Unfolding OrigamiGAMBIER, Ohio (January 29, 2010) Robert Lang, a world-renowned origami artist and designer, visits Kenyon on Monday, February 8, to share his insights into the art and science of folding paper into figures.
Lang is a physicist who left a career as a research scientist to pursue origami, the Japanese art of paper folding without the use of cutting or glue. Lang has designed about 500 origami compositions and his work has been displayed in museums around the world.
A hands-on folding party follows his talk "Circle-packing and Origami: A Discussion about the Mathematics of Origami" at 3:10 p.m. in Hayes Hall (room 109). At 7:30 p.m. he will discuss "From Flapping Birds to Space Telescopes: The Modern Science of Origami" in the Higley Hall auditorium. The events are free and the public is encouraged to attend.
"The exciting stuff is the stuff where you don't even know how to begin," Lang told the New Yorker in 2007. His creations range from a Black Forest cuckoo clock to insects to an orchestra. He has created a Darth Vader, a moose, and a pteranodon, among a host of others.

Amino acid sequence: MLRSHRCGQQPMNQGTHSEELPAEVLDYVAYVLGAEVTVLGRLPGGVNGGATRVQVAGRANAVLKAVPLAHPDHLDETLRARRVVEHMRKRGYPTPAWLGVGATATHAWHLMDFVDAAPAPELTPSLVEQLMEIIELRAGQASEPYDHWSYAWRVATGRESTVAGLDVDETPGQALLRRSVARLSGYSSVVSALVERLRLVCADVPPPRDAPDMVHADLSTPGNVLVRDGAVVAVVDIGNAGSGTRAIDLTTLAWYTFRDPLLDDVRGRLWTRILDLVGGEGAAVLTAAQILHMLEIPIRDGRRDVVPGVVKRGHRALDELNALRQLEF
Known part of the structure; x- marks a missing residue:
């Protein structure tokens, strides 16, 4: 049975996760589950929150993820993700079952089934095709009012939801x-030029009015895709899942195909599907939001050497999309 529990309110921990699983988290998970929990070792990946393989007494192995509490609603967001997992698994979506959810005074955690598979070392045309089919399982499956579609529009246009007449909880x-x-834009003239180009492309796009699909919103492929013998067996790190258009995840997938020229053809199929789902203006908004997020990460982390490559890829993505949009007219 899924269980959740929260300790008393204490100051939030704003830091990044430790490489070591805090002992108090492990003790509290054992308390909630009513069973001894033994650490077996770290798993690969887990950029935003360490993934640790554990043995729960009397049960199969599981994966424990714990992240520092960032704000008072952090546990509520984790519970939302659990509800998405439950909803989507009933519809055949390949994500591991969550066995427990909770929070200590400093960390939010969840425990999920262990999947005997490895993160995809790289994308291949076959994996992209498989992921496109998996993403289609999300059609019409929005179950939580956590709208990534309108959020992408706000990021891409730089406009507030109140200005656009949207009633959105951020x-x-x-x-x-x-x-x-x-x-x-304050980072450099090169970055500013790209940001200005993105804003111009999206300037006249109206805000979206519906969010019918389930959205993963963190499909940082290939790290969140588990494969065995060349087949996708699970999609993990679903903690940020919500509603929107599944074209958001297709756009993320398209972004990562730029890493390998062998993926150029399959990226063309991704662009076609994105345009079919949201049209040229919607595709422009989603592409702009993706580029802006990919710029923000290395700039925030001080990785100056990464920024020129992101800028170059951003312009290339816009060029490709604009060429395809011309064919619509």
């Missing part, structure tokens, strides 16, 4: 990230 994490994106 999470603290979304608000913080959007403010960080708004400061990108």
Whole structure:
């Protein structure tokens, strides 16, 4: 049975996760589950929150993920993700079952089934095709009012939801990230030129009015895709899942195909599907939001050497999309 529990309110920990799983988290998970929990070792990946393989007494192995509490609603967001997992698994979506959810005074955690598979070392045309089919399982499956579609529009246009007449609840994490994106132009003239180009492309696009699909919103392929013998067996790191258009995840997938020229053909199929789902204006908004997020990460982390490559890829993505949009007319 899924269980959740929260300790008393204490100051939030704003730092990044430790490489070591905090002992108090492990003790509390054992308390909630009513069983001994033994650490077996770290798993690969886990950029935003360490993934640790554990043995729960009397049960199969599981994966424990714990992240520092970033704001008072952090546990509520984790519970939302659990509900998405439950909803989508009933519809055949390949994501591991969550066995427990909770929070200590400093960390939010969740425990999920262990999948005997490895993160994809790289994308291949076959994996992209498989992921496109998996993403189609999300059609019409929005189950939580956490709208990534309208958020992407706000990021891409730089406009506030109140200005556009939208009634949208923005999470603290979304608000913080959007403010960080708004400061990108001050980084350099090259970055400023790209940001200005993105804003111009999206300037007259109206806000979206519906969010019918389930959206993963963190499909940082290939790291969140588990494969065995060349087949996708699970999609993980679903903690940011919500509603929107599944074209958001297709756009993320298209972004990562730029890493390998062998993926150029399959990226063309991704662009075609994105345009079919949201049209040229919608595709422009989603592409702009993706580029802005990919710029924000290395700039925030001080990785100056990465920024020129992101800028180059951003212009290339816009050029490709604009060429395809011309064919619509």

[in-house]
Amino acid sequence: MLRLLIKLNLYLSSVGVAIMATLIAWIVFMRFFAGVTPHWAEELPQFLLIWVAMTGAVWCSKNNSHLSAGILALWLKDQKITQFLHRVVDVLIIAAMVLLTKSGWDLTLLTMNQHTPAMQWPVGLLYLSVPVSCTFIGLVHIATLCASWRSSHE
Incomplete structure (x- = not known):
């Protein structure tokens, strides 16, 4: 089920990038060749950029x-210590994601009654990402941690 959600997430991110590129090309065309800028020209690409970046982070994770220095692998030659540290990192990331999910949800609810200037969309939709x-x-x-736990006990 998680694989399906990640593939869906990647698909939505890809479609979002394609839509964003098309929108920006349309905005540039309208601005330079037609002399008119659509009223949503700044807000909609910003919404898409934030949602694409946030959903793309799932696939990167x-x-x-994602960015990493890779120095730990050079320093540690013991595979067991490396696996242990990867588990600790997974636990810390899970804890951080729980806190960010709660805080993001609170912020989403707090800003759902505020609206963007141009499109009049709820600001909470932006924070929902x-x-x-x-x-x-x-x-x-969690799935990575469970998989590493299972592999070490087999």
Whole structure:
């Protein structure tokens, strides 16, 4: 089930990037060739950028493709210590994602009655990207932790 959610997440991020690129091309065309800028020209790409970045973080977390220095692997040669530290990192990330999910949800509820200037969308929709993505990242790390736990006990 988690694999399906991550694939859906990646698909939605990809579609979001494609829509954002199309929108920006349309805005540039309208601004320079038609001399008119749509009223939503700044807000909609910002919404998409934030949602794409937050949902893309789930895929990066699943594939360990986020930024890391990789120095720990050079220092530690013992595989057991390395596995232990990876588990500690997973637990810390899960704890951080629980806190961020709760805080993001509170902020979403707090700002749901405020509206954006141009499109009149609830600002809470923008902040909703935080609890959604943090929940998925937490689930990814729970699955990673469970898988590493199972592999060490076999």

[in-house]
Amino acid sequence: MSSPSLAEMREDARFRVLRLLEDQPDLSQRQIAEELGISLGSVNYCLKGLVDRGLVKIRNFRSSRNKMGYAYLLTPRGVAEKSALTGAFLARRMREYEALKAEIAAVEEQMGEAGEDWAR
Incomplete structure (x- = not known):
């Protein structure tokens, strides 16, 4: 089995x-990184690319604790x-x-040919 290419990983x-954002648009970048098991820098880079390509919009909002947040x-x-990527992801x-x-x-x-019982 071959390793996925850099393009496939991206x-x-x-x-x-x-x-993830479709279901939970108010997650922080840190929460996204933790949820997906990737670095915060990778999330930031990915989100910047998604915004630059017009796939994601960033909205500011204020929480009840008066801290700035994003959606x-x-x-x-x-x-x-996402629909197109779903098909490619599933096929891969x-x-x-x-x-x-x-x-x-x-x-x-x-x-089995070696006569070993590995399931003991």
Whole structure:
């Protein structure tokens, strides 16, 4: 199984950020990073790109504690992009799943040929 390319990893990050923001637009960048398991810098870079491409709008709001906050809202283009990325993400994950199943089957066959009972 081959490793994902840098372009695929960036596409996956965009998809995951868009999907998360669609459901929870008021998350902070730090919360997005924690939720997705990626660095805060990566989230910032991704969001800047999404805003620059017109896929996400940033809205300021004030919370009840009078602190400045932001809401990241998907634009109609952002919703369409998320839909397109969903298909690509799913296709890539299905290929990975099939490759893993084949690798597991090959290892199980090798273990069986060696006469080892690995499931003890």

Lang earned a doctorate in applied physics from the California Institute of Technology and worked as a research scientist for NASA and JDS Uniphase. He holds 46 patents in semiconductor lasers, optics, and integrated optoelectronics. Lang became a folding enthusiast as a child, and, in 2001, he gained enough traction in the origami world to pursue the art full-time.
Lang designs origami computer programs. And he is the author or co-author of eight books on origami. He was an artist-in-residence at the Massachusetts Institute of Technology in 2004.
The events are sponsored by Kenyon College Faculty Lectureships.